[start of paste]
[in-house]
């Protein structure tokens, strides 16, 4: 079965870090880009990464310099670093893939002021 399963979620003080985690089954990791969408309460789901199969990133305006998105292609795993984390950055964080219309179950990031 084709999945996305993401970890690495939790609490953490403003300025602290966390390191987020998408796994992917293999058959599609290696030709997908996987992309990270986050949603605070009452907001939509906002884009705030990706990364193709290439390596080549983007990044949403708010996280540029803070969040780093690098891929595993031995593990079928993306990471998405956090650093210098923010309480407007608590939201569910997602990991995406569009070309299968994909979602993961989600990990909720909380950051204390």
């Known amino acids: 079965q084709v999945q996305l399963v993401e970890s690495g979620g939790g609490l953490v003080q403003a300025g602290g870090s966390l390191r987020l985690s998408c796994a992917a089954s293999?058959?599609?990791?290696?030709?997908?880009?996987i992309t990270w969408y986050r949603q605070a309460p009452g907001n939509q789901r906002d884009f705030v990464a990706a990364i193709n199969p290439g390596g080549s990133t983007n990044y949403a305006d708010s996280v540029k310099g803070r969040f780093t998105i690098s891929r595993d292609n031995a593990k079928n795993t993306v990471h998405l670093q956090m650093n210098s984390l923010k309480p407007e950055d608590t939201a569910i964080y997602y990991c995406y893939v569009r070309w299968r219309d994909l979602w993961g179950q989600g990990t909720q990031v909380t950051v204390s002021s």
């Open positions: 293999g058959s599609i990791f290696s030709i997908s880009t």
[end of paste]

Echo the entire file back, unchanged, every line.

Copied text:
[in-house]
């Protein structure tokens, strides 16, 4: 079965870090880009990464310099670093893939002021 399963979620003080985690089954990791969408309460789901199969990133305006998105292609795993984390950055964080219309179950990031 084709999945996305993401970890690495939790609490953490403003300025602290966390390191987020998408796994992917293999058959599609290696030709997908996987992309990270986050949603605070009452907001939509906002884009705030990706990364193709290439390596080549983007990044949403708010996280540029803070969040780093690098891929595993031995593990079928993306990471998405956090650093210098923010309480407007608590939201569910997602990991995406569009070309299968994909979602993961989600990990909720909380950051204390």
């Known amino acids: 079965q084709v999945q996305l399963v993401e970890s690495g979620g939790g609490l953490v003080q403003a300025g602290g870090s966390l390191r987020l985690s998408c796994a992917a089954s293999?058959?599609?990791?290696?030709?997908?880009?996987i992309t990270w969408y986050r949603q605070a309460p009452g907001n939509q789901r906002d884009f705030v990464a990706a990364i193709n199969p290439g390596g080549s990133t983007n990044y949403a305006d708010s996280v540029k310099g803070r969040f780093t998105i690098s891929r595993d292609n031995a593990k079928n795993t993306v990471h998405l670093q956090m650093n210098s984390l923010k309480p407007e950055d608590t939201a569910i964080y997602y990991c995406y893939v569009r070309w299968r219309d994909l979602w993961g179950q989600g990990t909720q990031v909380t950051v204390s002021s």
């Open positions: 293999g058959s599609i990791f290696s030709i997908s880009t």